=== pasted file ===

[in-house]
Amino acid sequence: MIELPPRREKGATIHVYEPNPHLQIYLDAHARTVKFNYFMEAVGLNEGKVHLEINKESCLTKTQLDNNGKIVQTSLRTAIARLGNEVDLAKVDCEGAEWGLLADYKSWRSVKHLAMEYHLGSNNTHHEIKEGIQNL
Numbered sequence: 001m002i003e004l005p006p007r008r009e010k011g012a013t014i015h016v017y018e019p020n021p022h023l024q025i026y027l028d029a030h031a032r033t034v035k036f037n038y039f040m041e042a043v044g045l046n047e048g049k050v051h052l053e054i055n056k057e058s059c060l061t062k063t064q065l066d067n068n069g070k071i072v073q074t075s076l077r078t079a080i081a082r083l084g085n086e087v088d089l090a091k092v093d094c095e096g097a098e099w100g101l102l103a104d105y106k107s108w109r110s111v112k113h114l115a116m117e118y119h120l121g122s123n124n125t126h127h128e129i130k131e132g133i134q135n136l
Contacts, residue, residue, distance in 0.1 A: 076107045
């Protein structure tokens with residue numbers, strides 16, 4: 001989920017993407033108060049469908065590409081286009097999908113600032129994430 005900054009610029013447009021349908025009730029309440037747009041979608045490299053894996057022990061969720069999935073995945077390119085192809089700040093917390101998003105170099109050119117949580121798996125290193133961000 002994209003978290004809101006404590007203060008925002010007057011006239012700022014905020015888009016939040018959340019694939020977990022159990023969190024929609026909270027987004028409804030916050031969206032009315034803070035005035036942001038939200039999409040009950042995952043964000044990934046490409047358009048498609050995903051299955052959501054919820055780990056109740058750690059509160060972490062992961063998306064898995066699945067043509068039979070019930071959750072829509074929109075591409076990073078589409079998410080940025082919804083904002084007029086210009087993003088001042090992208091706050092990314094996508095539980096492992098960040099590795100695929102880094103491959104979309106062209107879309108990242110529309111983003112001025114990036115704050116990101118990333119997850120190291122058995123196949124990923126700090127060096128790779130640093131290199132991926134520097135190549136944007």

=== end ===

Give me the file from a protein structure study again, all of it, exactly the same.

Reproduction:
[in-house]
Amino acid sequence: MIELPPRREKGATIHVYEPNPHLQIYLDAHARTVKFNYFMEAVGLNEGKVHLEINKESCLTKTQLDNNGKIVQTSLRTAIARLGNEVDLAKVDCEGAEWGLLADYKSWRSVKHLAMEYHLGSNNTHHEIKEGIQNL
Numbered sequence: 001m002i003e004l005p006p007r008r009e010k011g012a013t014i015h016v017y018e019p020n021p022h023l024q025i026y027l028d029a030h031a032r033t034v035k036f037n038y039f040m041e042a043v044g045l046n047e048g049k050v051h052l053e054i055n056k057e058s059c060l061t062k063t064q065l066d067n068n069g070k071i072v073q074t075s076l077r078t079a080i081a082r083l084g085n086e087v088d089l090a091k092v093d094c095e096g097a098e099w100g101l102l103a104d105y106k107s108w109r110s111v112k113h114l115a116m117e118y119h120l121g122s123n124n125t126h127h128e129i130k131e132g133i134q135n136l
Contacts, residue, residue, distance in 0.1 A: 076107045
């Protein structure tokens with residue numbers, strides 16, 4: 001989920017993407033108060049469908065590409081286009097999908113600032129994430 005900054009610029013447009021349908025009730029309440037747009041979608045490299053894996057022990061969720069999935073995945077390119085192809089700040093917390101998003105170099109050119117949580121798996125290193133961000 002994209003978290004809101006404590007203060008925002010007057011006239012700022014905020015888009016939040018959340019694939020977990022159990023969190024929609026909270027987004028409804030916050031969206032009315034803070035005035036942001038939200039999409040009950042995952043964000044990934046490409047358009048498609050995903051299955052959501054919820055780990056109740058750690059509160060972490062992961063998306064898995066699945067043509068039979070019930071959750072829509074929109075591409076990073078589409079998410080940025082919804083904002084007029086210009087993003088001042090992208091706050092990314094996508095539980096492992098960040099590795100695929102880094103491959104979309106062209107879309108990242110529309111983003112001025114990036115704050116990101118990333119997850120190291122058995123196949124990923126700090127060096128790779130640093131290199132991926134520097135190549136944007």